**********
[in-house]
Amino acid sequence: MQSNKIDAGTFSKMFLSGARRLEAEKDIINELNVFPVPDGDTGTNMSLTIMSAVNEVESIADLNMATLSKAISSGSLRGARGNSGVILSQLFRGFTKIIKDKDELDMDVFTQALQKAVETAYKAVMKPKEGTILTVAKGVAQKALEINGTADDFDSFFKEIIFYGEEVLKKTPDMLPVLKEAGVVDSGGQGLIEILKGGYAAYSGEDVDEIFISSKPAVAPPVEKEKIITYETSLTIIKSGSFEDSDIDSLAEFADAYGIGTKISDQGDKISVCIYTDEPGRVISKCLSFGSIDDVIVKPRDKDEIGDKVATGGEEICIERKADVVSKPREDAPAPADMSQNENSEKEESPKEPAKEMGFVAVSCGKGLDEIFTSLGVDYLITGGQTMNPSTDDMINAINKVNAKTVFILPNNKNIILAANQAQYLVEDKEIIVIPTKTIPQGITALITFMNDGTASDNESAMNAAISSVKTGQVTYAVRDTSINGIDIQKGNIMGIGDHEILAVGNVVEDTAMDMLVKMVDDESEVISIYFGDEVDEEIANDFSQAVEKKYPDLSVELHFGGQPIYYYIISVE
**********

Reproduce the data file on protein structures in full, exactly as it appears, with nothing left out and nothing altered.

[in-house]
Amino acid sequence: MQSNKIDAGTFSKMFLSGARRLEAEKDIINELNVFPVPDGDTGTNMSLTIMSAVNEVESIADLNMATLSKAISSGSLRGARGNSGVILSQLFRGFTKIIKDKDELDMDVFTQALQKAVETAYKAVMKPKEGTILTVAKGVAQKALEINGTADDFDSFFKEIIFYGEEVLKKTPDMLPVLKEAGVVDSGGQGLIEILKGGYAAYSGEDVDEIFISSKPAVAPPVEKEKIITYETSLTIIKSGSFEDSDIDSLAEFADAYGIGTKISDQGDKISVCIYTDEPGRVISKCLSFGSIDDVIVKPRDKDEIGDKVATGGEEICIERKADVVSKPREDAPAPADMSQNENSEKEESPKEPAKEMGFVAVSCGKGLDEIFTSLGVDYLITGGQTMNPSTDDMINAINKVNAKTVFILPNNKNIILAANQAQYLVEDKEIIVIPTKTIPQGITALITFMNDGTASDNESAMNAAISSVKTGQVTYAVRDTSINGIDIQKGNIMGIGDHEILAVGNVVEDTAMDMLVKMVDDESEVISIYFGDEVDEEIANDFSQAVEKKYPDLSVELHFGGQPIYYYIISVE